40. House painter's calculation : AREA - height is a factor, too - ever try to paint a stair well?

42. Dedicated verse : ODE

45. Card player's goof : MISDEAL

47. Ballpark figs. : ESTS - Estimates. - What's your Ballpark, C.C.?

50. Letters under a 4 : GHI - duh, got me. Look at your phone.

51. Fashion sparkler : SEQUIN

54. Out of practice : RUSTY

55. Cass and Michelle, famously : MAMAS

56. Old hat : STALE

58. "I smell __!" : A RAT

60. Unpaid loan, e.g. : DEBT

61. Not bright at all : DRAB

62. Bean town? : LIMA - ah, not a Bahston reference, but the Peruvian city.

63. Wine taster's guesstimate : YEAR - our friend Tinbeni, any good at this ? I did not drink for the "year", let me tell you....

65. Healthful resort : SPA - after a good workout, head for the SPA~!

Thanks for the chance to "pinch hit", C.C., look forward to more opportunities.



fermatprime said...

Well, an early hello to all. Will not wait for Dennis as I am really tired.

Cool write-up, Splynter! Fun puzzle, Gary.

Favorite answer, LIMA. Took an extra thought or two.

More done on taxes today. Managed to get Mastercard info into Excel where I could mark things and actually read the print. Of course, it became 28 pages!

All of the keys on my keyboards are rectangular! I fact, most are even square! Spacebar is longest rectangle. Guess I don't get clue!

Happy Ides!

fermatprime said...

PS I only came to the website to check the late blogs from Monday!!!

lois said...

Good morning Splynter, CC, et al., Interesting puzzle. Great job, Splynter. You made me LOL w/the clip from Bill & Teds Excellent Adventure. very funny. well done!
I never heard of Zugat or that Cohen but the perps came thru easily enough and with a few WAGs it all worked out in an appropriate Tues time. Fav clue was take badly...Fav answer Diddly Squat. Now I have to go follow up on the theme of this puzzle - ouch, ugh, umph. Thanks for the links and the laughs, Splynter. Excellent job!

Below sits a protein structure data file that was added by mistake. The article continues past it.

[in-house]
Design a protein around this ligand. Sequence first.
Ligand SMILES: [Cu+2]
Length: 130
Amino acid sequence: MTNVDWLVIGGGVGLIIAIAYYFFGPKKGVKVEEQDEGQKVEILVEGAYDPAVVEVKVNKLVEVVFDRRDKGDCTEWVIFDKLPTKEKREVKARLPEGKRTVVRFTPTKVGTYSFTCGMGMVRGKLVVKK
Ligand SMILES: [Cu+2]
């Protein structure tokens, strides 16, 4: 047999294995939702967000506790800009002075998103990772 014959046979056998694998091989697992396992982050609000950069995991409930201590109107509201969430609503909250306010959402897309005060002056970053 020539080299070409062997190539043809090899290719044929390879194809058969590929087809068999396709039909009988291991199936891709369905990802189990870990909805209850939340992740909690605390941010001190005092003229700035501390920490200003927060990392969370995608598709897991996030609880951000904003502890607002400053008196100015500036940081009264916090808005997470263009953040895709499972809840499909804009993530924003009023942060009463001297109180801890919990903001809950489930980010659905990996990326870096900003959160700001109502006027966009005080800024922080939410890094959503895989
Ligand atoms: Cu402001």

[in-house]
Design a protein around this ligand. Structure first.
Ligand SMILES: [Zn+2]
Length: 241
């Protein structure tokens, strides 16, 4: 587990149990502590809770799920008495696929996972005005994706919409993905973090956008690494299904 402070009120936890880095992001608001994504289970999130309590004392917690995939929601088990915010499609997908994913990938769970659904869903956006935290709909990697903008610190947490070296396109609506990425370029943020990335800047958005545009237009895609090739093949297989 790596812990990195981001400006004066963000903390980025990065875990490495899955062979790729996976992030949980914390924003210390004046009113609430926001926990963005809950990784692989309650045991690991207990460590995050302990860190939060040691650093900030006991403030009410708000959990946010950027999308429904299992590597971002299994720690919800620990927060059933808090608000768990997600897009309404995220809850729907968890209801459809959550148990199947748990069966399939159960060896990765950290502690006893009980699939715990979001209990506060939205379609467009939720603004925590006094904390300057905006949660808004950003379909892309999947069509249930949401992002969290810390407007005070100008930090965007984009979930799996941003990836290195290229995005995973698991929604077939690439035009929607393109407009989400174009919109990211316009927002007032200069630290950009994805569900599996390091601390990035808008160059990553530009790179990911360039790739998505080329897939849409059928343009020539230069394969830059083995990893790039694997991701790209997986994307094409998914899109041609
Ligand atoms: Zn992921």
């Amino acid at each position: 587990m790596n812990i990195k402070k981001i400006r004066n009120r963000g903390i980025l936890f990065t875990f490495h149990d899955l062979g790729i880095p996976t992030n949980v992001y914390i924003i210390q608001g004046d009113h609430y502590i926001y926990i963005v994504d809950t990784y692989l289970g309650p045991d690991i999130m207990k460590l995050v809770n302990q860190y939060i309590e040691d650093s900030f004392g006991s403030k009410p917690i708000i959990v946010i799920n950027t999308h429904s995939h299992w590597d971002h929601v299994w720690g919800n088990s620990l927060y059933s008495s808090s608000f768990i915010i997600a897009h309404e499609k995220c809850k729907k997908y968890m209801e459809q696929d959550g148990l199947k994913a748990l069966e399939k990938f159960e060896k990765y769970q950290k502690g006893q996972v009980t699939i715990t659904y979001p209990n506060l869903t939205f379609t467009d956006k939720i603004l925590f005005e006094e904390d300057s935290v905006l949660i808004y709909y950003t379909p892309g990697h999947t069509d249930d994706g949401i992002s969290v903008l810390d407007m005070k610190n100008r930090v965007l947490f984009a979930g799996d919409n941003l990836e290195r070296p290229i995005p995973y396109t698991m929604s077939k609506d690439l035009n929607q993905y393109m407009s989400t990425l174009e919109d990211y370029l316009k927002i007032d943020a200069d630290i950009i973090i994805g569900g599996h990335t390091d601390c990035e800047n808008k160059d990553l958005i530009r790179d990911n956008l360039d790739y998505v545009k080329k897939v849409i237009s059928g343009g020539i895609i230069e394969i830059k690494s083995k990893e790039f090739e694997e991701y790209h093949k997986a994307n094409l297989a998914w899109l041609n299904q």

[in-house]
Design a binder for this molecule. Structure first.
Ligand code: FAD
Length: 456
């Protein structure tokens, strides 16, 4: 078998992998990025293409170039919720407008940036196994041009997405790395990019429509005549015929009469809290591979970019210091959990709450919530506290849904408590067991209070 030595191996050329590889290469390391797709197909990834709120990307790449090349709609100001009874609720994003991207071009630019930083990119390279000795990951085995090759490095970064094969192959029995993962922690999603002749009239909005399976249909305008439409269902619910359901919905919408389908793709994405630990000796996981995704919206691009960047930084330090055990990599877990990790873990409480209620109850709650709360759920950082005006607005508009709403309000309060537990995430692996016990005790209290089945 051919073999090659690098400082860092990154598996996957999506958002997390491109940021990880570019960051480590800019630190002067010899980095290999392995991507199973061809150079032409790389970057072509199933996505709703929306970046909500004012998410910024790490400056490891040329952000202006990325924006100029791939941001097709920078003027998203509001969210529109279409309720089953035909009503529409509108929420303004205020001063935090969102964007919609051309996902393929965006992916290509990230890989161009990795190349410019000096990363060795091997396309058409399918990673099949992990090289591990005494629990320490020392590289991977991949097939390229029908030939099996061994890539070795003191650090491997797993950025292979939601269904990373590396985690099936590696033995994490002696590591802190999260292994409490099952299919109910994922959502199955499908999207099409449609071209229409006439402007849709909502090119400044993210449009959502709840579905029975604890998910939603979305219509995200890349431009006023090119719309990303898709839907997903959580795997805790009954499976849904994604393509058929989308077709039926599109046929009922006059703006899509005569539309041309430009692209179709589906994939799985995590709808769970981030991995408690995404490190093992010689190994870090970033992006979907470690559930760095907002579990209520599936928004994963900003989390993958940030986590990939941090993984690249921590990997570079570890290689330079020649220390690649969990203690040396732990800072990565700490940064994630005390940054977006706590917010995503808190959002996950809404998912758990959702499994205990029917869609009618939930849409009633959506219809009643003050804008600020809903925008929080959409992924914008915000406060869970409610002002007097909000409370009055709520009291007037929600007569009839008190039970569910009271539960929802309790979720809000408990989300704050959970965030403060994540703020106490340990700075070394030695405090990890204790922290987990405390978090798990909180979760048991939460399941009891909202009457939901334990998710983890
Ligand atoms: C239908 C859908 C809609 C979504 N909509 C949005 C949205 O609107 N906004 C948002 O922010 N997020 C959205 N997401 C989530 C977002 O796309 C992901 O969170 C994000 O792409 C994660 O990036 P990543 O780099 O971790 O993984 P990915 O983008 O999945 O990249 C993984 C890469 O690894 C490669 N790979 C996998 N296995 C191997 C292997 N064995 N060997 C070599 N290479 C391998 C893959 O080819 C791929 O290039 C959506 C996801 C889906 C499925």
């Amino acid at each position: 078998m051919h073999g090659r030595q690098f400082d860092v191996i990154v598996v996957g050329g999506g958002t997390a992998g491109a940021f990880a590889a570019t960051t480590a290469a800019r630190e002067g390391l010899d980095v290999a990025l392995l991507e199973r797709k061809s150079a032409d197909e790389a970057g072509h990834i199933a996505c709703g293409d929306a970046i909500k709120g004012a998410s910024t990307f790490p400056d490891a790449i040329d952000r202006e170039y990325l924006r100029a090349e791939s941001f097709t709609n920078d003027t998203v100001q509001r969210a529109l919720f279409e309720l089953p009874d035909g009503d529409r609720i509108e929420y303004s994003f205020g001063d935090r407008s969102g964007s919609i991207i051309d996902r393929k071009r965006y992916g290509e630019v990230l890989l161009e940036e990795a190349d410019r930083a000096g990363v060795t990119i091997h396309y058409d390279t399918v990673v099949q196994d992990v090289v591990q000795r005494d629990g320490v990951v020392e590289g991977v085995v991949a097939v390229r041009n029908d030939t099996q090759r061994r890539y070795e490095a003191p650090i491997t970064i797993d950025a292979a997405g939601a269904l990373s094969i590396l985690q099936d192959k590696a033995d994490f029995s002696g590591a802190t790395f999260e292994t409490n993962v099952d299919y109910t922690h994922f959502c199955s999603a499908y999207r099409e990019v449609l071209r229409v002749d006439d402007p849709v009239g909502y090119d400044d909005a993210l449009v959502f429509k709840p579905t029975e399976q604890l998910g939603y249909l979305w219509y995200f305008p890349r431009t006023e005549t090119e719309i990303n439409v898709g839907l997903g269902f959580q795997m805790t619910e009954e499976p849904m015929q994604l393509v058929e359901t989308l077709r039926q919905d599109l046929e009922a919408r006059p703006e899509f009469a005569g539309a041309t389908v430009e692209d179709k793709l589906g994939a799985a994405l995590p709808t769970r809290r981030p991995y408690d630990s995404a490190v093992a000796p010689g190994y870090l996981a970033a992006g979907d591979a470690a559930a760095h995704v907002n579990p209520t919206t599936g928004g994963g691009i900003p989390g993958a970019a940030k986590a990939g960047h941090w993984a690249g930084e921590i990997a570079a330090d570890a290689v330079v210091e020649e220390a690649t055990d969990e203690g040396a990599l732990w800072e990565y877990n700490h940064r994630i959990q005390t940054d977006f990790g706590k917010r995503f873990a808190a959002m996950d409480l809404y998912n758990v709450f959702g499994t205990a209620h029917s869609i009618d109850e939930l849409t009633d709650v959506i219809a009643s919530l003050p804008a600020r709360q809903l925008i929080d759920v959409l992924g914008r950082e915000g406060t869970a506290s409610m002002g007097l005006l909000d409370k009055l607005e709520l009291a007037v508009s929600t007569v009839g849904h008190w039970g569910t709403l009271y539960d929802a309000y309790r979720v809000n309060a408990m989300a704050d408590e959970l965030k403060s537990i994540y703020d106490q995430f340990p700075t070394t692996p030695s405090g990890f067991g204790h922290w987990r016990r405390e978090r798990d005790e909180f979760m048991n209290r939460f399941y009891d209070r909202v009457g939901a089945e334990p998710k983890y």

Santa baby, hope you're doin' ok.

Beware the Ides of March....where is Dennis?

Dennis said...

Good morning, Splynter, C.C. and gang - certainly a smooth sail today, with nary a pause. It did take me until the third theme answer to see the connection, and I guess partly because stretching has never been a part of my workout. I'll probably pay for that when I get old...

For a Tuesday puzzle, I thought this one had a decent amount of fresh cluing. I especially liked seeing the Mamas and Papas reference; great music back in the day. And as Splynter and Lois point out, who doesn't like using 'diddly squat'? And Lois, I have a feeling your 'workout' is a lot more pleasurable than the normal definition of the word.

Splynter, fine job with the blog; very enjoyable read. You've definitely got the gift.

Today is, in addition to the Ides of March, Incredible Kid Day, Dumbstruck Day, and Everything You Think is Wrong Day. So maybe it's not.

Did You Know?:

- Moose have very poor vision. Some have even tried to mate with cars. Hell, who hasn't done that? Oh wait, it said with cars, not in...

Dennis said...

By the way, Fermatprime, again, you should post whenever you're ready to post. There's no 'waiting' on anybody.

Barry G. said...

Morning, all!

Short on time today. Fine puzzle today, no major hangups. My only quibble is that I really don't think PAMPA is a word. The Argentinian grassland is called Las Pampas, and the word Pampas comes from a Quechua word meaning "plain." I don't think it is ever used in the singular (or, to be more precise, I think that pampas actually is the singular).

Of course, I could be wrong...

Emily said...

Not sure you answer questions, but what does GHI stand for under 4 mean-- in 50 down? I don't get it

Dennis said...

Emily, just look at a phone keypad.

creature said...

Good Morning C.C.,Splynter and all,

Splynter, you have established your own style so soon.Very smooth and creative, fun touch, without going overboard. At the same time, Argyle, hope your computer gets the kinks out quickly.

A nifty,guilt-giving puzzle from Gary; nice reminder.
Lady birds:HENS -neat clue.
Never heard of ZAGAT; Wiki was not a flattering article.
Were Portos and Athos frenchmen?
I'm interested to know about 50D.

Back later, if possible.

Have a nice day everyone.

creature said...

I'm must be going blind. I didn't see "look at your phone" . Too early for me, I suppose. Thanks.

Lemonade714 said...

Nice job Splynter,

This was a very French puzzle, and went very quickly. I believe the T in T-Man is for Treasury not tax. We also had T-Bar, neither of which have anything to do with Julius, who could have made his Marx.

As Michael Conrad used to say, "Be careful out there/"

Hahtoolah said...